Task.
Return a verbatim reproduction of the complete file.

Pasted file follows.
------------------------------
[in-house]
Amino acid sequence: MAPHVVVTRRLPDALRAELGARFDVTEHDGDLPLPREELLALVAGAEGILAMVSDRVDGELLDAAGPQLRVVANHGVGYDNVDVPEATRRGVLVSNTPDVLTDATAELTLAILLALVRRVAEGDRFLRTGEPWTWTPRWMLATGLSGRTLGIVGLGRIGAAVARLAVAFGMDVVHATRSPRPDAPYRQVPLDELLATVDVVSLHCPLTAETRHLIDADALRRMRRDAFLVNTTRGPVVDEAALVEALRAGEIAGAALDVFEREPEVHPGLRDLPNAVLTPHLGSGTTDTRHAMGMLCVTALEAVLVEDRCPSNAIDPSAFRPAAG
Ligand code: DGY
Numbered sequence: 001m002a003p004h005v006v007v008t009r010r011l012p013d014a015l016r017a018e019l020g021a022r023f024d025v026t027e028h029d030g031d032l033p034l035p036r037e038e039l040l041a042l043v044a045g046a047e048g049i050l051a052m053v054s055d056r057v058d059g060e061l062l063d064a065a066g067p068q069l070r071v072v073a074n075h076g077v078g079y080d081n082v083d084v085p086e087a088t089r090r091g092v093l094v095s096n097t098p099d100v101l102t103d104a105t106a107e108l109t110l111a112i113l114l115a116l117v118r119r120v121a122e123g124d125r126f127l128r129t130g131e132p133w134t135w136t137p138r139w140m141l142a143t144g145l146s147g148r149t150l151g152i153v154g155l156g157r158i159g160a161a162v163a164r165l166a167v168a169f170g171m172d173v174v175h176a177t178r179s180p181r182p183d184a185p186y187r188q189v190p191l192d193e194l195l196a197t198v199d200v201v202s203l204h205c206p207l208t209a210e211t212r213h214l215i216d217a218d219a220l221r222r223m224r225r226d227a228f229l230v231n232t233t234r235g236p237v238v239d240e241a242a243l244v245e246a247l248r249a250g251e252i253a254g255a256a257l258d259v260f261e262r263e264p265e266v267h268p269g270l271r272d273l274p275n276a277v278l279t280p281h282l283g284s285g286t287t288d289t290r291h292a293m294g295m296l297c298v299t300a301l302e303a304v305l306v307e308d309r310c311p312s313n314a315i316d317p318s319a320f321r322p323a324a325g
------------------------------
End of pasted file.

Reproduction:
[in-house]
Amino acid sequence: MAPHVVVTRRLPDALRAELGARFDVTEHDGDLPLPREELLALVAGAEGILAMVSDRVDGELLDAAGPQLRVVANHGVGYDNVDVPEATRRGVLVSNTPDVLTDATAELTLAILLALVRRVAEGDRFLRTGEPWTWTPRWMLATGLSGRTLGIVGLGRIGAAVARLAVAFGMDVVHATRSPRPDAPYRQVPLDELLATVDVVSLHCPLTAETRHLIDADALRRMRRDAFLVNTTRGPVVDEAALVEALRAGEIAGAALDVFEREPEVHPGLRDLPNAVLTPHLGSGTTDTRHAMGMLCVTALEAVLVEDRCPSNAIDPSAFRPAAG
Ligand code: DGY
Numbered sequence: 001m002a003p004h005v006v007v008t009r010r011l012p013d014a015l016r017a018e019l020g021a022r023f024d025v026t027e028h029d030g031d032l033p034l035p036r037e038e039l040l041a042l043v044a045g046a047e048g049i050l051a052m053v054s055d056r057v058d059g060e061l062l063d064a065a066g067p068q069l070r071v072v073a074n075h076g077v078g079y080d081n082v083d084v085p086e087a088t089r090r091g092v093l094v095s096n097t098p099d100v101l102t103d104a105t106a107e108l109t110l111a112i113l114l115a116l117v118r119r120v121a122e123g124d125r126f127l128r129t130g131e132p133w134t135w136t137p138r139w140m141l142a143t144g145l146s147g148r149t150l151g152i153v154g155l156g157r158i159g160a161a162v163a164r165l166a167v168a169f170g171m172d173v174v175h176a177t178r179s180p181r182p183d184a185p186y187r188q189v190p191l192d193e194l195l196a197t198v199d200v201v202s203l204h205c206p207l208t209a210e211t212r213h214l215i216d217a218d219a220l221r222r223m224r225r226d227a228f229l230v231n232t233t234r235g236p237v238v239d240e241a242a243l244v245e246a247l248r249a250g251e252i253a254g255a256a257l258d259v260f261e262r263e264p265e266v267h268p269g270l271r272d273l274p275n276a277v278l279t280p281h282l283g284s285g286t287t288d289t290r291h292a293m294g295m296l297c298v299t300a301l302e303a304v305l306v307e308d309r310c311p312s313n314a315i316d317p318s319a320f321r322p323a324a325g